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Senate Approves Trade Promotion Bill

Days before its August recess, the Senate voted 64-34 to restore “fast track” authority to the White House, granting President Bush one of his biggest legislative victories. The trade bill narrowly passed through the House last week with a vote of 215-212. 

“We can show the world that America will lead the way in building a new consensus on international trade,” Senate Finance Committee Chairman Max Baucus (D-Mont.) said. 

The Senate bill includes a 10-year, $12 billion plan to increase the number of workers eligible for financial and training benefits if they lose their jobs because of trade agreements.

Sen. John S. McCain (R-Ariz.) praised the passage of the bill, saying it would end “short-sighted protectionism” that has caused U.S. allies to doubt the country’s commitment to free-trade principles. 

Staunch opponents of the bill — including Sens. Ernest F. Hollings (D-S.C.), Byron Dorgan (D-N.D.) and Robert C. Byrd (D-W.Va.) — said new trade deals would take away American jobs. Lawmakers opposed to ?fast track? argued that U.S. workers and farmers could not compete against inexpensive labor sources in foreign countries with lower environmental and working standards. 

“I’m delighted to vote for trade, [but only] when you’ve got a level playing field,” Hollings said.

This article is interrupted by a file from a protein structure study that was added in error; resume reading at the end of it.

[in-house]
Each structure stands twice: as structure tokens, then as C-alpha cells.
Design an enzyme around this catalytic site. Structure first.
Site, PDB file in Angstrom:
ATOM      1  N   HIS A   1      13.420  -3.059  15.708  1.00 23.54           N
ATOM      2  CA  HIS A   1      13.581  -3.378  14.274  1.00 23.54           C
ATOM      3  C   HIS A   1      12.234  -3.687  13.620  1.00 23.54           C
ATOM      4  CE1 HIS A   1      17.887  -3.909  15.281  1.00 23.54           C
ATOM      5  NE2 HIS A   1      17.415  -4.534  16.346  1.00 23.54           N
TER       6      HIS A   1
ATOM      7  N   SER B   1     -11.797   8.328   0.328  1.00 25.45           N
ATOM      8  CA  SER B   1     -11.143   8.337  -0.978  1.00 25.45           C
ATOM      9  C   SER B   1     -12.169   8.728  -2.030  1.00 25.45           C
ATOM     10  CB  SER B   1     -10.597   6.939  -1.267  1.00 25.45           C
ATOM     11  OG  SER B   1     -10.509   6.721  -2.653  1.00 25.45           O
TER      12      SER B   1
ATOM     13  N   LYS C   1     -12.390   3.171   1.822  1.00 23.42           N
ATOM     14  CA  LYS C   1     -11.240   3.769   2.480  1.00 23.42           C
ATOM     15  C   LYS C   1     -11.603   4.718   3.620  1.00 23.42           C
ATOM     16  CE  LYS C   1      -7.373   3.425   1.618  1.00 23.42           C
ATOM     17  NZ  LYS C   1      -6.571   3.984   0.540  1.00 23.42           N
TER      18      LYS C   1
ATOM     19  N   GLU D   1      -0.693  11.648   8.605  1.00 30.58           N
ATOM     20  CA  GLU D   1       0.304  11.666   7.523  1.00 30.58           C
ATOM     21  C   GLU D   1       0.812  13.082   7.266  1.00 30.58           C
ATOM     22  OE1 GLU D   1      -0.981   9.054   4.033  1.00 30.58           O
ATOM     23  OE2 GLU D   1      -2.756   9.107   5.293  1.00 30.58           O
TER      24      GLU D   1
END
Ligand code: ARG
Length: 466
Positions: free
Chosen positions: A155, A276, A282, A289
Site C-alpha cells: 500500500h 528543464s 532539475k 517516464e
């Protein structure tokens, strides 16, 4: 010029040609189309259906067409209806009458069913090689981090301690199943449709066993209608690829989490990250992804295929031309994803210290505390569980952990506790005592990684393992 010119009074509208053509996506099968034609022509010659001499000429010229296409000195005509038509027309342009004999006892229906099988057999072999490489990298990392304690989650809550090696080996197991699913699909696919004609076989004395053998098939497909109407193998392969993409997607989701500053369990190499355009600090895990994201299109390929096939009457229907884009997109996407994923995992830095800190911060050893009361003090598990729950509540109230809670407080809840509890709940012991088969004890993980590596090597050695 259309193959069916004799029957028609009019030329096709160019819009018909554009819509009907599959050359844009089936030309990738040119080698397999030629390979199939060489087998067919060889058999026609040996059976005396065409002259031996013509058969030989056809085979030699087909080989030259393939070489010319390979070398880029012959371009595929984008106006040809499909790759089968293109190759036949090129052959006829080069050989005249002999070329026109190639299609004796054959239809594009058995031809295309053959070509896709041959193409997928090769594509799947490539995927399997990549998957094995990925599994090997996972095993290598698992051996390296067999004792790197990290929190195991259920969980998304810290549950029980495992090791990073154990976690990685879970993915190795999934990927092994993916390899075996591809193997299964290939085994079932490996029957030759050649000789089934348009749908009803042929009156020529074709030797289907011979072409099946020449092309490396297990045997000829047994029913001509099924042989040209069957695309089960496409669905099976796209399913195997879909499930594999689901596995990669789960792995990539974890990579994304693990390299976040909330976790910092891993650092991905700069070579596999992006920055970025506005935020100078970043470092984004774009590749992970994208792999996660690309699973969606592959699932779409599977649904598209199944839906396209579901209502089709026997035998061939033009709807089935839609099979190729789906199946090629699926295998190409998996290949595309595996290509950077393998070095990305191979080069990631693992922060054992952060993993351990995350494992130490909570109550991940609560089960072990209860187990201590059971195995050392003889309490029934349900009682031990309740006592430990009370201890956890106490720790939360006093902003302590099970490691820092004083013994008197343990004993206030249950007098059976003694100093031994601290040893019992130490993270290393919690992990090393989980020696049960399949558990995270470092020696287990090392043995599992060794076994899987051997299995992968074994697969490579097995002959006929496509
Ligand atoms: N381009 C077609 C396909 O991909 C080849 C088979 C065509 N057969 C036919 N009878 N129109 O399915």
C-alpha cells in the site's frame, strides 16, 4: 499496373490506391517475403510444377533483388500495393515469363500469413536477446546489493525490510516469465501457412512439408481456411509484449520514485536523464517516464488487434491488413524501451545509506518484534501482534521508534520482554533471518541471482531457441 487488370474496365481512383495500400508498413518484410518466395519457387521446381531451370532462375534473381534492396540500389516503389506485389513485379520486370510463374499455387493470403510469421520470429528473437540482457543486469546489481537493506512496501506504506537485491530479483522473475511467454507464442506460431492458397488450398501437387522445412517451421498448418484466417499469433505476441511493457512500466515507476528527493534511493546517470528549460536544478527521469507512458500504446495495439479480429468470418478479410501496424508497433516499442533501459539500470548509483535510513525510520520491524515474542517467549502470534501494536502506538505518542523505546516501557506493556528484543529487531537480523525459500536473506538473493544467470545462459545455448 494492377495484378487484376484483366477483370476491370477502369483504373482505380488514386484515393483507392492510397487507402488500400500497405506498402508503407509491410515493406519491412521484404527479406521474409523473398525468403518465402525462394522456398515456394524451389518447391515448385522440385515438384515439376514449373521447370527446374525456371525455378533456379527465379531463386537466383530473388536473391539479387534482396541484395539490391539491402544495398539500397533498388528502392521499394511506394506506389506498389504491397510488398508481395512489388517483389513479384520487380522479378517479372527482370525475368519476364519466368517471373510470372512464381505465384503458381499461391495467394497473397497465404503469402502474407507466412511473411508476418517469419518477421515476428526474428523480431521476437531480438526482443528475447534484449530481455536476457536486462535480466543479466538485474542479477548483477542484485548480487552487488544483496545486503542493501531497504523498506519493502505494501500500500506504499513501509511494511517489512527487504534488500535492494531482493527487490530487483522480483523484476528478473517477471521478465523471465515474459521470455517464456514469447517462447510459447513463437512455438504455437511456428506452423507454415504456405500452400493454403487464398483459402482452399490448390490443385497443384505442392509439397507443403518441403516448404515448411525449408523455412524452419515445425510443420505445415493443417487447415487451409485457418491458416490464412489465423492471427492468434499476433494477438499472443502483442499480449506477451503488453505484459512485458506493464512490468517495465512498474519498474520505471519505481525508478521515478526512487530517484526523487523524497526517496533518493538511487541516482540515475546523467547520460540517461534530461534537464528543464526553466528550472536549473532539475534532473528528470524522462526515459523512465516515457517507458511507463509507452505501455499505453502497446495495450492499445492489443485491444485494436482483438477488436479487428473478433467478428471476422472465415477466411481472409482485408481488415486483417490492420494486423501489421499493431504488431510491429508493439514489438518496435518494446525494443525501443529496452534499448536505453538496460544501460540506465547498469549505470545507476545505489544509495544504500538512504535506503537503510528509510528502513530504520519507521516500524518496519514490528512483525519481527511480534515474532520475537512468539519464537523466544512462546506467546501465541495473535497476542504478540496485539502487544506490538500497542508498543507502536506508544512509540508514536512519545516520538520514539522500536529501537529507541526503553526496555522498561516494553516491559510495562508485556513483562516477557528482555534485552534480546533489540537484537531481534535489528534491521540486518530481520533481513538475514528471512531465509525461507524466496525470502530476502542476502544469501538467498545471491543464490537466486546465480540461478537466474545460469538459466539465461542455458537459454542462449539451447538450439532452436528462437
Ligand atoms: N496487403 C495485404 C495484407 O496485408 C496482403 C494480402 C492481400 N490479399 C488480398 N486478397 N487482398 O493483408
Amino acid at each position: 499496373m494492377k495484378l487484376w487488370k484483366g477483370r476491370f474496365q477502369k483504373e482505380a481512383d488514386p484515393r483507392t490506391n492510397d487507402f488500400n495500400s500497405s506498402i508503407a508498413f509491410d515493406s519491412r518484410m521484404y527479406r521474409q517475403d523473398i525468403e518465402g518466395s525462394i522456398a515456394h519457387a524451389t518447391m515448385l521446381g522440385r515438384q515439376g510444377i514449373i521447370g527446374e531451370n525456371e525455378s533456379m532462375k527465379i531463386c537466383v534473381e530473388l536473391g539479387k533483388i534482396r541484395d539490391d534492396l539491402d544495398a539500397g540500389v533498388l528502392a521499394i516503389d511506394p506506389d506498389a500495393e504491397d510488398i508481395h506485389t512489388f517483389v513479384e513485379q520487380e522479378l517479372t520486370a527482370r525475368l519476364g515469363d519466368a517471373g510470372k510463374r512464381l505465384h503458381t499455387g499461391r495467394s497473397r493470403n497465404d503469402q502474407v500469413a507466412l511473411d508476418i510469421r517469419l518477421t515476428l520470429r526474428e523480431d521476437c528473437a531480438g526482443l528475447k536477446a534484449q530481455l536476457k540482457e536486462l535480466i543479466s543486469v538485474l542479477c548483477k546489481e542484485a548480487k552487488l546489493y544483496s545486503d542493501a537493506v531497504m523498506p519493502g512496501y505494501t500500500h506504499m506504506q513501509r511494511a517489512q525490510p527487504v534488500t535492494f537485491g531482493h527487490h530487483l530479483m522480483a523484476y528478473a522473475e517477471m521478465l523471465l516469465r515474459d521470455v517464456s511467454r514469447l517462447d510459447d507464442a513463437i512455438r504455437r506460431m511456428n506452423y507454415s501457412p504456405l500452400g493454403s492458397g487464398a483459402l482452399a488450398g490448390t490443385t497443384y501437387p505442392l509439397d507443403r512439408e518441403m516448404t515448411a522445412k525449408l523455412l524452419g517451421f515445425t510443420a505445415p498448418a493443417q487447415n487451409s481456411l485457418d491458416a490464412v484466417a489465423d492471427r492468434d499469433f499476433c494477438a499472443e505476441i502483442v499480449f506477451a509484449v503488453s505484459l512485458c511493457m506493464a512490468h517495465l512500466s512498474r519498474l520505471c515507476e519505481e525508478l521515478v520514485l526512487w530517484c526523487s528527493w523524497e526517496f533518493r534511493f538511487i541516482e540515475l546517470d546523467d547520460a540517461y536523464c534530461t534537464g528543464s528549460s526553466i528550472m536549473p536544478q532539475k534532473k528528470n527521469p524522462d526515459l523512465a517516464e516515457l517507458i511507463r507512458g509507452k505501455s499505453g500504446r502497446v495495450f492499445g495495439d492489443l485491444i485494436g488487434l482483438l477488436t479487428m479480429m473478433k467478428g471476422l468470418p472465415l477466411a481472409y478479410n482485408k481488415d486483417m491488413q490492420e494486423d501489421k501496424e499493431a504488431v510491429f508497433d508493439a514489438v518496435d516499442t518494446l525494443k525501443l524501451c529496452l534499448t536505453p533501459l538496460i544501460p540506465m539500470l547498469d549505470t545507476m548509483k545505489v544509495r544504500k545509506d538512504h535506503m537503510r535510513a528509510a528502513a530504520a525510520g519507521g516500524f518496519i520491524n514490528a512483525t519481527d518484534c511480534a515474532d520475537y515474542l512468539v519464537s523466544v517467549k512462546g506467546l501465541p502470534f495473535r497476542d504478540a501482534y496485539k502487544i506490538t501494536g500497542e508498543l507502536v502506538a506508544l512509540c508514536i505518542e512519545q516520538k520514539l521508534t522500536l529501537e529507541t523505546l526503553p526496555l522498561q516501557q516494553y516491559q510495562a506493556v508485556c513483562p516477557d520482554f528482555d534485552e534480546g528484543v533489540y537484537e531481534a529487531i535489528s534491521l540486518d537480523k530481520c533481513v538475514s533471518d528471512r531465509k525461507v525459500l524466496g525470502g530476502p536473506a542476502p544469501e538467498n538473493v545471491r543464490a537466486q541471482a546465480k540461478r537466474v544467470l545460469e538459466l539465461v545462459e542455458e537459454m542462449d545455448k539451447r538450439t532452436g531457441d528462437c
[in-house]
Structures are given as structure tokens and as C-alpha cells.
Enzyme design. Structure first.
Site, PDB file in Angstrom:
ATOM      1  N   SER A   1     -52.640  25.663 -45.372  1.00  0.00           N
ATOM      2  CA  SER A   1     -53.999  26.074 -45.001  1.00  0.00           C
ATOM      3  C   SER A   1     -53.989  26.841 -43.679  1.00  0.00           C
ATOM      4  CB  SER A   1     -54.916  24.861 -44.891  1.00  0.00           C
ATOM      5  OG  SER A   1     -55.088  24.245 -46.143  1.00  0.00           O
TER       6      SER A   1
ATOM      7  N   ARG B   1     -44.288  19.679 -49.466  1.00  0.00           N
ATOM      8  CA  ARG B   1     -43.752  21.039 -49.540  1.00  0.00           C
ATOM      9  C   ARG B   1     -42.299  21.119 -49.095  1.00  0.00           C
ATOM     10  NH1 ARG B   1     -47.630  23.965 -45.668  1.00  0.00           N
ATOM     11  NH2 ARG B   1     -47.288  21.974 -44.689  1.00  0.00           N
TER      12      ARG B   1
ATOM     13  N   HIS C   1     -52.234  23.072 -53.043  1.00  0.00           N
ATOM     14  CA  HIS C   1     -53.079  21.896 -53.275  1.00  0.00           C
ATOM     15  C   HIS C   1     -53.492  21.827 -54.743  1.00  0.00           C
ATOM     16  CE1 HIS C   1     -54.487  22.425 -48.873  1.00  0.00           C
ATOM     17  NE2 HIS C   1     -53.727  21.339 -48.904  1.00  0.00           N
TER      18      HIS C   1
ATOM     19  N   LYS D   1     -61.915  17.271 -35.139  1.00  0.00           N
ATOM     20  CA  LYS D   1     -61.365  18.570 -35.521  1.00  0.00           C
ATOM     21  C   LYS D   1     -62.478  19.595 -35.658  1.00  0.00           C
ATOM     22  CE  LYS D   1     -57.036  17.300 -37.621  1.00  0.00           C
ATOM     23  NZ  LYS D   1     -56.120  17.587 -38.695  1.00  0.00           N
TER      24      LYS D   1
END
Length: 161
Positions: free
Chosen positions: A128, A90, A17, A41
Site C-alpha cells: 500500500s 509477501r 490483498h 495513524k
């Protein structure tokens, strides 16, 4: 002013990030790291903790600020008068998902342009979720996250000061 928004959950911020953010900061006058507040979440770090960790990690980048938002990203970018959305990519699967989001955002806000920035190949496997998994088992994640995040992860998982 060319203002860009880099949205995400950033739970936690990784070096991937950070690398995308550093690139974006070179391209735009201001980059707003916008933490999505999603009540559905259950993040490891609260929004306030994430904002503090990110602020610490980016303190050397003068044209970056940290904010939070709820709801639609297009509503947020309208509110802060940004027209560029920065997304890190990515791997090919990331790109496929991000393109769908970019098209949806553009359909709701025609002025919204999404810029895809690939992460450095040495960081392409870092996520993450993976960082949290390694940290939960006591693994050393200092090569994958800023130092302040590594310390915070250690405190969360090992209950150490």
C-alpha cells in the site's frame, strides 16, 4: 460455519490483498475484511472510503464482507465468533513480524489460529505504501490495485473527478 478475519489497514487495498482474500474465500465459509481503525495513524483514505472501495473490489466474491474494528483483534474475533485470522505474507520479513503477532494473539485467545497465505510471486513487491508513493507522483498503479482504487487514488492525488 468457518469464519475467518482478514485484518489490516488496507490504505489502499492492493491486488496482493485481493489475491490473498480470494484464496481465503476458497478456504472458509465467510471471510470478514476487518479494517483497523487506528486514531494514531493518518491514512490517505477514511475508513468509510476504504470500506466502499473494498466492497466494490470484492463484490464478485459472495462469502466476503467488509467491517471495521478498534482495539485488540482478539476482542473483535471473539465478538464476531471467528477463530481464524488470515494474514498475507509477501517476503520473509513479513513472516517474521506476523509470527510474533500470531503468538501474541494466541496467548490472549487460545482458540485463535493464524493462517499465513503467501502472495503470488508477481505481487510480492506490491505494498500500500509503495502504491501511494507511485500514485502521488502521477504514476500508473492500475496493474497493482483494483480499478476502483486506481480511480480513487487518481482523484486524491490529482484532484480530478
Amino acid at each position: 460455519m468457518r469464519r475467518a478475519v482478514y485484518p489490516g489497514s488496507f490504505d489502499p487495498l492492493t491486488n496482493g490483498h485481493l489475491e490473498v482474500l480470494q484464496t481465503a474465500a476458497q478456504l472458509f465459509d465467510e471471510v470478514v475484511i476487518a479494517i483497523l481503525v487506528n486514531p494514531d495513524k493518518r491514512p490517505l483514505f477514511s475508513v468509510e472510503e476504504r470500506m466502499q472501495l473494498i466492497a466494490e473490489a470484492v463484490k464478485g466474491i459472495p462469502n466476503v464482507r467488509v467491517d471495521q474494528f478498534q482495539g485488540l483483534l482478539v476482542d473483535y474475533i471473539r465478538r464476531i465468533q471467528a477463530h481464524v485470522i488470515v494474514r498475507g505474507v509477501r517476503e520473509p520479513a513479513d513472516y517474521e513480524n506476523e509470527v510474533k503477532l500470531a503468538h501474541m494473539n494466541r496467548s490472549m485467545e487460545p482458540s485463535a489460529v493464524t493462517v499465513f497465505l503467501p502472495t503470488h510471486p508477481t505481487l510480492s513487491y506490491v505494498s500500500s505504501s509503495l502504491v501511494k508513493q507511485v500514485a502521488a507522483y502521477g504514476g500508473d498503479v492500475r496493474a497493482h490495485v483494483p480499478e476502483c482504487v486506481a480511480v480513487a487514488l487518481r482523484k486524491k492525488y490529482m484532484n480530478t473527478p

The bill now goes on to President Bush, who is expected to quickly sign it into law. The White House has lobbied Congress to restore trade authority, saying the bill would foster economic growth and job creation. Advocates of the legislation say it facilitates new trade deals with foreign countries, which would otherwise hesitate to agree on trade deals that could be altered later by Congress.

“This is a historic and great day for America,” Commerce Secretary Donald Evans said.

The “fast track” trade bill grants the president authority to negotiate international trade agreements, which Congress could veto or approve, but not amend line-by-line. Since 1974, every U.S. president has received the trade authority until 1994, when the Republican-controlled Congress refused to renew it for President Bill Clinton.

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